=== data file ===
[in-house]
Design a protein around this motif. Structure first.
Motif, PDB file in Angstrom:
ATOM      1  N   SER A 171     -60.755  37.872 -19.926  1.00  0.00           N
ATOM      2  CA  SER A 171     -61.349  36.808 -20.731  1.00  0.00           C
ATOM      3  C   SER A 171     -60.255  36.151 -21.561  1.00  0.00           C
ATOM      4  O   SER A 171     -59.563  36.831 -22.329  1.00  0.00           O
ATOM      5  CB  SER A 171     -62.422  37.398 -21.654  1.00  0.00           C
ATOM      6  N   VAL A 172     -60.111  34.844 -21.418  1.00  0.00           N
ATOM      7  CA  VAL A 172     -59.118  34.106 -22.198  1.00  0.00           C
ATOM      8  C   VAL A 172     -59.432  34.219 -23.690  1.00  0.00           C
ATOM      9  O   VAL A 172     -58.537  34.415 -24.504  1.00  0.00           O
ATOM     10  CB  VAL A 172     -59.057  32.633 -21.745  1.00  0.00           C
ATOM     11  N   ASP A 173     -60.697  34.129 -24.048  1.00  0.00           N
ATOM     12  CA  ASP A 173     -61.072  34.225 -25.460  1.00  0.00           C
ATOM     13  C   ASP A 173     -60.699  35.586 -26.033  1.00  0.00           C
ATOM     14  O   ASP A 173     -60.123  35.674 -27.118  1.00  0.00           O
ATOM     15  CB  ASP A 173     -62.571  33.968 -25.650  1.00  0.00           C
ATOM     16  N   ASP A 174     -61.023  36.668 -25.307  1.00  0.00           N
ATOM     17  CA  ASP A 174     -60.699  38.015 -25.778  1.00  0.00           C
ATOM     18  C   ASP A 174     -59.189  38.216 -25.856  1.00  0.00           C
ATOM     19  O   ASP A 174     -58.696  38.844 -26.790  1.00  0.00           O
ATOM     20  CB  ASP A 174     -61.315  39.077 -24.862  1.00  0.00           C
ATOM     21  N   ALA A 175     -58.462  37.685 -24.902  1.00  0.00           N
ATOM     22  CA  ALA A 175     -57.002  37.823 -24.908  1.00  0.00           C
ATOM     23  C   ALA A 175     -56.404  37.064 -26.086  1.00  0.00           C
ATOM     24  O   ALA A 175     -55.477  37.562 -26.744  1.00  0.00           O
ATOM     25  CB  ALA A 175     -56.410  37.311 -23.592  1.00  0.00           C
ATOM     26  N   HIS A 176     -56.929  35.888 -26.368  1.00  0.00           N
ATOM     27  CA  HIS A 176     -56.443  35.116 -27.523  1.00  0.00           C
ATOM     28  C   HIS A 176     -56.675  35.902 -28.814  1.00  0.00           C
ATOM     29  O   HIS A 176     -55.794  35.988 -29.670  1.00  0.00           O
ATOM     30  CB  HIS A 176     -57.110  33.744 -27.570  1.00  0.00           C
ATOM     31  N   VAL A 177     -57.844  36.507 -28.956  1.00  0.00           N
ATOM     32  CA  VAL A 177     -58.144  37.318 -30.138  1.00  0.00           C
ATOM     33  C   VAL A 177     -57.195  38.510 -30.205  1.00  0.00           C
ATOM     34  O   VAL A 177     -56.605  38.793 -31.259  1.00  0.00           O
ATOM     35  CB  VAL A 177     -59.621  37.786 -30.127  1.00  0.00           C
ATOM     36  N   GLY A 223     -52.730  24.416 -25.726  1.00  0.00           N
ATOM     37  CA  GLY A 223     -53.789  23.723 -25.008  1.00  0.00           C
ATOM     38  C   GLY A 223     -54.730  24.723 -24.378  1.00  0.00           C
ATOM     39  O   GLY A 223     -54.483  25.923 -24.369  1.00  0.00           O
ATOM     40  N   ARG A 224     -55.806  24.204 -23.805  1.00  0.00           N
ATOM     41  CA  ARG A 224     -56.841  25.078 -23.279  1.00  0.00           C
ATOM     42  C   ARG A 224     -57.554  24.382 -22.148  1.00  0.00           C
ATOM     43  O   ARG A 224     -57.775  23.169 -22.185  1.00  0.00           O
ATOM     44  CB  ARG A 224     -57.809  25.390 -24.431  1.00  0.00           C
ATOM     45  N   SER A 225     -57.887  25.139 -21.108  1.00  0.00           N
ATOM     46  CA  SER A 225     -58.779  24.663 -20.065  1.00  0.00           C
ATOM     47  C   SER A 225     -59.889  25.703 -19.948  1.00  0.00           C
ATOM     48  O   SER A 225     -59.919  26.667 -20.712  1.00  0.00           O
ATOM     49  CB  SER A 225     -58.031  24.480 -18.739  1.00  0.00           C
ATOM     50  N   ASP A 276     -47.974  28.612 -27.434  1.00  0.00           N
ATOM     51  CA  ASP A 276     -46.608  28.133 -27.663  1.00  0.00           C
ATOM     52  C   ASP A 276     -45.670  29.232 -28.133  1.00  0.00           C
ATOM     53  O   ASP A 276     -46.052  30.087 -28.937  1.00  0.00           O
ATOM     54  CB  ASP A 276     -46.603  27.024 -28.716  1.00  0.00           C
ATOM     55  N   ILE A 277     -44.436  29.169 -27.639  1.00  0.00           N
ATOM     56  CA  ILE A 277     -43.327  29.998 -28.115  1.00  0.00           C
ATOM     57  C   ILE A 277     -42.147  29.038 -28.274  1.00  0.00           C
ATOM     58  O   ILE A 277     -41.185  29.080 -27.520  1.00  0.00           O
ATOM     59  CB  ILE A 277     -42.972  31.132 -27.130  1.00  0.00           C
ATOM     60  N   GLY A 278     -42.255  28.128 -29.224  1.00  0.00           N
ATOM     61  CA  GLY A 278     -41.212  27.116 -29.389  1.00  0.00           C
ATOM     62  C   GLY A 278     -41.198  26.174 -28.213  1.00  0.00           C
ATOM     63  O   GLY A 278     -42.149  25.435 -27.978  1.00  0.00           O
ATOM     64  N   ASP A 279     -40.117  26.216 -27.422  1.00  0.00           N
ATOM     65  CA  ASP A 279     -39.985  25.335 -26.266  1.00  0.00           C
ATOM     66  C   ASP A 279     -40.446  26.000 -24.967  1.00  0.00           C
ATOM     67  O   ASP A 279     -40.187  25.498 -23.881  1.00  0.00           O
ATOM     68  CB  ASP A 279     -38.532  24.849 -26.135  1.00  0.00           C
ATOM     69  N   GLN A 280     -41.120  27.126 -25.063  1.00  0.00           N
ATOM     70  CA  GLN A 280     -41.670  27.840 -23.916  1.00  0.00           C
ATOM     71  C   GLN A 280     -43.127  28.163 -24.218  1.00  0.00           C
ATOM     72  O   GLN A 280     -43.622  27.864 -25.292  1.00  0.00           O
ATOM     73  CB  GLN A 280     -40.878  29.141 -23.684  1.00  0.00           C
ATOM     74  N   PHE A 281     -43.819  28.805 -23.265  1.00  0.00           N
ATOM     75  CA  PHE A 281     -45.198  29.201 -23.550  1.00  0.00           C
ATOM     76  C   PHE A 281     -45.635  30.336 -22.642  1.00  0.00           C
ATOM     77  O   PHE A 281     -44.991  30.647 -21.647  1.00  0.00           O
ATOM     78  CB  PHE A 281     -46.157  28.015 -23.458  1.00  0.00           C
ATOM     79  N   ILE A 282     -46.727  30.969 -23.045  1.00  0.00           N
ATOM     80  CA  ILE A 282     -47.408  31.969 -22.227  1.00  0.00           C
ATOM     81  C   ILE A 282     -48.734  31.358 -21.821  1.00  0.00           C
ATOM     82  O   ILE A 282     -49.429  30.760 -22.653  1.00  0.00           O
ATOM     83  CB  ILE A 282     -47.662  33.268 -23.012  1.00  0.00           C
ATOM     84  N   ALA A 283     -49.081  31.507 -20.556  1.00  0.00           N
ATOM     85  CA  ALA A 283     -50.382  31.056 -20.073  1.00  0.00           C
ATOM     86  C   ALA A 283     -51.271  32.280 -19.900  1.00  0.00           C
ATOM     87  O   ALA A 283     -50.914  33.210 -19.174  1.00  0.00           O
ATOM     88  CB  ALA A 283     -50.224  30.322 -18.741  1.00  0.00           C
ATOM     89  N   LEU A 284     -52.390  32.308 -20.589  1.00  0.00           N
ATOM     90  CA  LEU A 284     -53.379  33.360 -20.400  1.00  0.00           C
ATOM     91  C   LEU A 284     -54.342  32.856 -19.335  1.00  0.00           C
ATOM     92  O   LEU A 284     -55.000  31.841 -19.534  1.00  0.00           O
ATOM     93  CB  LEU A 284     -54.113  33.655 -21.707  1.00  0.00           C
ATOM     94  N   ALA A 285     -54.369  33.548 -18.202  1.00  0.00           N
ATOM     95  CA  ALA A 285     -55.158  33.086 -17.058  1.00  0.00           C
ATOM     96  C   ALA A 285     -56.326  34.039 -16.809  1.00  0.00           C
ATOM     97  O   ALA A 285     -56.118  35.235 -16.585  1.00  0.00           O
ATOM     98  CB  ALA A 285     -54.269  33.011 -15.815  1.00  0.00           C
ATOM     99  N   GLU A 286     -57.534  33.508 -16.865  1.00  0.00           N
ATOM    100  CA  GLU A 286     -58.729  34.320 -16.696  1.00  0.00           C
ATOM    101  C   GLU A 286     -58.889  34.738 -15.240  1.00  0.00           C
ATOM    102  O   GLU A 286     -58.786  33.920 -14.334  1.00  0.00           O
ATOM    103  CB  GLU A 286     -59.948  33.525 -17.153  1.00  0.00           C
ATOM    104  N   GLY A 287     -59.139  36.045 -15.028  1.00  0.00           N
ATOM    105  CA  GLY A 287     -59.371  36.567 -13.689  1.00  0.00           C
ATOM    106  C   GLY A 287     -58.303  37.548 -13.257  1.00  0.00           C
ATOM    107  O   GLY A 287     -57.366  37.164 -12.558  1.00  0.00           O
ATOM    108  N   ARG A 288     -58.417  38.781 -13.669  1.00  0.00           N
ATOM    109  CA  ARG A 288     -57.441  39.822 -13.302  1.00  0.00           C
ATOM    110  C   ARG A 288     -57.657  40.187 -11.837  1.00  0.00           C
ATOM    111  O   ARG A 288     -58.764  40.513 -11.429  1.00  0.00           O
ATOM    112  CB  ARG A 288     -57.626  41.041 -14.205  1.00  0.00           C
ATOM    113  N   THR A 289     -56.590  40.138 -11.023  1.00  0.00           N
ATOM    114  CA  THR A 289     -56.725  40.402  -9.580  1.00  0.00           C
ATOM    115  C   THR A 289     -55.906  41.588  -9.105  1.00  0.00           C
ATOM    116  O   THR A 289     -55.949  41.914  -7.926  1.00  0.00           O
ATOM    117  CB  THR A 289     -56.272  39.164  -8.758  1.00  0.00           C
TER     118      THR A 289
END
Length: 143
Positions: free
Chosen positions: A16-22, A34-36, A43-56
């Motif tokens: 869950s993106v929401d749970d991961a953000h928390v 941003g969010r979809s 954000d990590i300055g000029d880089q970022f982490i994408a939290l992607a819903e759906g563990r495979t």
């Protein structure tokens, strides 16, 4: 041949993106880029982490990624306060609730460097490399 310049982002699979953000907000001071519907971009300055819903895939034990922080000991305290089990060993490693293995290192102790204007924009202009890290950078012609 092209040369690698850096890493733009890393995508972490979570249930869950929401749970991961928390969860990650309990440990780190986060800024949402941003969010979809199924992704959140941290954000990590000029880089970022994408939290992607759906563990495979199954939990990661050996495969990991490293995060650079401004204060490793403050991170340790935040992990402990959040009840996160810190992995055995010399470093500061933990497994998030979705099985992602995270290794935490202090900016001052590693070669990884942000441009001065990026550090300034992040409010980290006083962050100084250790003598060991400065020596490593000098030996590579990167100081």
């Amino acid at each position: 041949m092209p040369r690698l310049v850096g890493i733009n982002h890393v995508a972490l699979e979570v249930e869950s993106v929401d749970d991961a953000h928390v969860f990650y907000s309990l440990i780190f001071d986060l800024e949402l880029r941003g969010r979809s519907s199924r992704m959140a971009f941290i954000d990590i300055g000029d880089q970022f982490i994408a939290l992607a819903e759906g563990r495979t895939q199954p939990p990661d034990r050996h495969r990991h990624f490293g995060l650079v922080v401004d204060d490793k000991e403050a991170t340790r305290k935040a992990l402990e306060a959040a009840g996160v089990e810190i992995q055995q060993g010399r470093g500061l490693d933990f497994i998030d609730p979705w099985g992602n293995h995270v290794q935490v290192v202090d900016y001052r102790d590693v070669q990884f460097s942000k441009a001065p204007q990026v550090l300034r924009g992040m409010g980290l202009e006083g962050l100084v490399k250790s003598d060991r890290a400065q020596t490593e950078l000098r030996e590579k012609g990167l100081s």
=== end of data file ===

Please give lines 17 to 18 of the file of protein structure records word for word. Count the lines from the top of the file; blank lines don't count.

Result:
ATOM     14  O   ASP A 173     -60.123  35.674 -27.118  1.00  0.00           O
ATOM     15  CB  ASP A 173     -62.571  33.968 -25.650  1.00  0.00           C